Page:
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Car Wax - by hand or with buffer?

post #1 of 11
Thread Starter 
What do you prefer and why? I had bought an orbital buffer last year but it justs sits in my garage because after reading all the warning labels im afraid i will take the paint right of my car with the damn thing. I always wax my car by hand but it gets to be a pain in the A** and takes a long time. Any suggestions or opinions?
post #2 of 11
By hand if you are concerned about swirls and you love your car
The problem with those machines is that you need to have a light touch and be VERY careful. I have not the former and am too impatient for the latter.
post #3 of 11
Apply with hand, unless you know what you're doing. The power buffers can create too much heat which can not only ruin the application of the wax, but can mess up your paint. Griot's Garage claims to have a power buffer which is very gentle, but I have no experience with that.

--Andre
post #4 of 11
I've done it by hand in the past but I am very serious about my car wax. I typically use 3-5 coats of precleaner-glaze-wax so it takes me hours to do by hand. Also by hand you never really generate the speed to really get it on there perfect. Instead of using an orbital polisher which just rotates in a circle and can generate a lot of heat in a specific spot I recommend using a dual action polisher. The standard is probably the Porter-Cable 7424 which retails around $100-120. Of course you also need to make sure you are using the correct pads for the job, if you use soemthing too harsh it won't be good for the wax. Typically they range in color from yellow-orange-white-blue-black in order of harshness to softness. What you usually do is get a non stiff velcro backing for the pads and make sure the pads are larger than the vectro backing so even if you do somehow tilt it too much you won't do any damage. The key is to let the device do the work, the weight of it alone should be enough, you don't need any pressure. If you really want to step your car up to the next level wash it, clay bar it, then wash it again before waxing.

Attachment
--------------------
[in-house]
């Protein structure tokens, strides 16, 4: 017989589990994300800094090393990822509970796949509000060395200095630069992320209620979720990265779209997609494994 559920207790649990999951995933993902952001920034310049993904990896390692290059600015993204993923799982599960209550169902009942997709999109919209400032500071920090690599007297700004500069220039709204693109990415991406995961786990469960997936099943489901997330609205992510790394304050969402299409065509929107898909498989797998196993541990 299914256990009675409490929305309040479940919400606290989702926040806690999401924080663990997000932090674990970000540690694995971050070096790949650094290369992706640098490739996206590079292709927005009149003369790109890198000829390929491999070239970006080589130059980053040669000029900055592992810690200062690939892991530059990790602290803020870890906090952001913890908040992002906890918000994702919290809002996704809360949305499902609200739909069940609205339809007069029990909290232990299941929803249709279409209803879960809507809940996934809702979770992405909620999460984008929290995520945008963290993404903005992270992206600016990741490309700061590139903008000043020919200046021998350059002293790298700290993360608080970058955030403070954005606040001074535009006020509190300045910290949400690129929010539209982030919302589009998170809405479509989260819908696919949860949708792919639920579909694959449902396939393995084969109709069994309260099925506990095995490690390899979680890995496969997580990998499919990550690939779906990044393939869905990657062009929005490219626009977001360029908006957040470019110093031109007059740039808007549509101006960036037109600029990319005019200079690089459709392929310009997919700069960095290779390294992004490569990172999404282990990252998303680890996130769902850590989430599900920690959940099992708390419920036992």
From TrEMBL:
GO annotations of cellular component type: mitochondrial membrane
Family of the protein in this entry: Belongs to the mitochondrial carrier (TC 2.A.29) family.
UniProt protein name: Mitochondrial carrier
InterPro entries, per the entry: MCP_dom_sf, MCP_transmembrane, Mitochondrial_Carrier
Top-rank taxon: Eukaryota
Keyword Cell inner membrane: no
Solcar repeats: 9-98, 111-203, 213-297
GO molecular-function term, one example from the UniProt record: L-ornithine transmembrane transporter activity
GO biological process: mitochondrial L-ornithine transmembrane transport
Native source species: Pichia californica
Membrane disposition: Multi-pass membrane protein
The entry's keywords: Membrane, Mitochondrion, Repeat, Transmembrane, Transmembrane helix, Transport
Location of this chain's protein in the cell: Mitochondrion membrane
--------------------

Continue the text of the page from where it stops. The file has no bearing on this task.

post #5 of 11
Thread Starter 
[quote=visionology]I've done it by hand in the past but I am very serious about my car wax. I typically use 3-5 coats of precleaner-glaze-wax so it takes me hours to do by hand. Also by hand you never really generate the speed to really get it on there perfect.QUOTE]

Yeah, thats the other problem i have. It seems like after i have spent 2 hours waxing my car by hand that it not on there very good and looks swirly and like crap. It seems it only starts to look good after a few washings.
post #6 of 11
Quote:
Originally Posted by Andre Yew
Apply with hand, unless you know what you're doing. The power buffers can create too much heat which can not only ruin the application of the wax, but can mess up your paint. Griot's Garage claims to have a power buffer which is very gentle, but I have no experience with that.

--Andre

That's really only true of rotary buffers. Random orbitals don't generate enough heat to damage the paint unless you crank up the speed and leave it on one spot for a long time. If you run a Porter Cable at the lowest speed settings using proper pads, it isn't any harder on the finish than doing it by hand.

IIRC, Griot's just rebadges a Porter Cable RO, but marks it up significantly.
post #7 of 11
Quote:
Originally Posted by jamesbond